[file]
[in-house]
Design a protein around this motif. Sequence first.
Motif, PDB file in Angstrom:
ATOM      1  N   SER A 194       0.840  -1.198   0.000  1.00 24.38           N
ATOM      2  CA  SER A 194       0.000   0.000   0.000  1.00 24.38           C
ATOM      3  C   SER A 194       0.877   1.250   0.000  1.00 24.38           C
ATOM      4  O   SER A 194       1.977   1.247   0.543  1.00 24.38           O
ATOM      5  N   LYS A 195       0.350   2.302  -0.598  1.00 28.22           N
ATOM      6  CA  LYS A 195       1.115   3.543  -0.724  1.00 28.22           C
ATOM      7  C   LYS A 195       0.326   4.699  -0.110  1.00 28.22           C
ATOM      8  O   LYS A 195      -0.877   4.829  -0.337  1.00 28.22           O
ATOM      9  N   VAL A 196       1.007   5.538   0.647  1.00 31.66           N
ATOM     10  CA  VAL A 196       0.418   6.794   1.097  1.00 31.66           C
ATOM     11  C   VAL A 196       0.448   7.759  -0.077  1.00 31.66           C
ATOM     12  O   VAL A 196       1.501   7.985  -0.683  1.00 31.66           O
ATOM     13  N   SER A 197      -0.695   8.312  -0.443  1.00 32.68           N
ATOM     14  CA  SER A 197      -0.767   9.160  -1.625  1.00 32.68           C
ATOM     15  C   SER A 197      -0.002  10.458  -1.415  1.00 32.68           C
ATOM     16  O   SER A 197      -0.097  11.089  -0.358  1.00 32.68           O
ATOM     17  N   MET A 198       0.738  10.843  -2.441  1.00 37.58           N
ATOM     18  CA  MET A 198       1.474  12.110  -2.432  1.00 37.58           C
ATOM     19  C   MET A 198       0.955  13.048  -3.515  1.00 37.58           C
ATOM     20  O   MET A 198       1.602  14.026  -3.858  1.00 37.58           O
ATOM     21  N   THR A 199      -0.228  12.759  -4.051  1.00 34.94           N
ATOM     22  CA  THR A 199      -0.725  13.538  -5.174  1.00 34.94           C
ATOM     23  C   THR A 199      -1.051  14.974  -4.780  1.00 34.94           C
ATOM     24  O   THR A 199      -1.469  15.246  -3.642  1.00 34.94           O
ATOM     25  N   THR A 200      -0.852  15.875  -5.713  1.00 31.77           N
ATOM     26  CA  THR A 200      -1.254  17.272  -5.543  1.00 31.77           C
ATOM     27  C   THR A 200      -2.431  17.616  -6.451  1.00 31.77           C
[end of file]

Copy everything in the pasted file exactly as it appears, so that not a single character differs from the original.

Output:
[in-house]
Design a protein around this motif. Sequence first.
Motif, PDB file in Angstrom:
ATOM      1  N   SER A 194       0.840  -1.198   0.000  1.00 24.38           N
ATOM      2  CA  SER A 194       0.000   0.000   0.000  1.00 24.38           C
ATOM      3  C   SER A 194       0.877   1.250   0.000  1.00 24.38           C
ATOM      4  O   SER A 194       1.977   1.247   0.543  1.00 24.38           O
ATOM      5  N   LYS A 195       0.350   2.302  -0.598  1.00 28.22           N
ATOM      6  CA  LYS A 195       1.115   3.543  -0.724  1.00 28.22           C
ATOM      7  C   LYS A 195       0.326   4.699  -0.110  1.00 28.22           C
ATOM      8  O   LYS A 195      -0.877   4.829  -0.337  1.00 28.22           O
ATOM      9  N   VAL A 196       1.007   5.538   0.647  1.00 31.66           N
ATOM     10  CA  VAL A 196       0.418   6.794   1.097  1.00 31.66           C
ATOM     11  C   VAL A 196       0.448   7.759  -0.077  1.00 31.66           C
ATOM     12  O   VAL A 196       1.501   7.985  -0.683  1.00 31.66           O
ATOM     13  N   SER A 197      -0.695   8.312  -0.443  1.00 32.68           N
ATOM     14  CA  SER A 197      -0.767   9.160  -1.625  1.00 32.68           C
ATOM     15  C   SER A 197      -0.002  10.458  -1.415  1.00 32.68           C
ATOM     16  O   SER A 197      -0.097  11.089  -0.358  1.00 32.68           O
ATOM     17  N   MET A 198       0.738  10.843  -2.441  1.00 37.58           N
ATOM     18  CA  MET A 198       1.474  12.110  -2.432  1.00 37.58           C
ATOM     19  C   MET A 198       0.955  13.048  -3.515  1.00 37.58           C
ATOM     20  O   MET A 198       1.602  14.026  -3.858  1.00 37.58           O
ATOM     21  N   THR A 199      -0.228  12.759  -4.051  1.00 34.94           N
ATOM     22  CA  THR A 199      -0.725  13.538  -5.174  1.00 34.94           C
ATOM     23  C   THR A 199      -1.051  14.974  -4.780  1.00 34.94           C
ATOM     24  O   THR A 199      -1.469  15.246  -3.642  1.00 34.94           O
ATOM     25  N   THR A 200      -0.852  15.875  -5.713  1.00 31.77           N
ATOM     26  CA  THR A 200      -1.254  17.272  -5.543  1.00 31.77           C
ATOM     27  C   THR A 200      -2.431  17.616  -6.451  1.00 31.77           C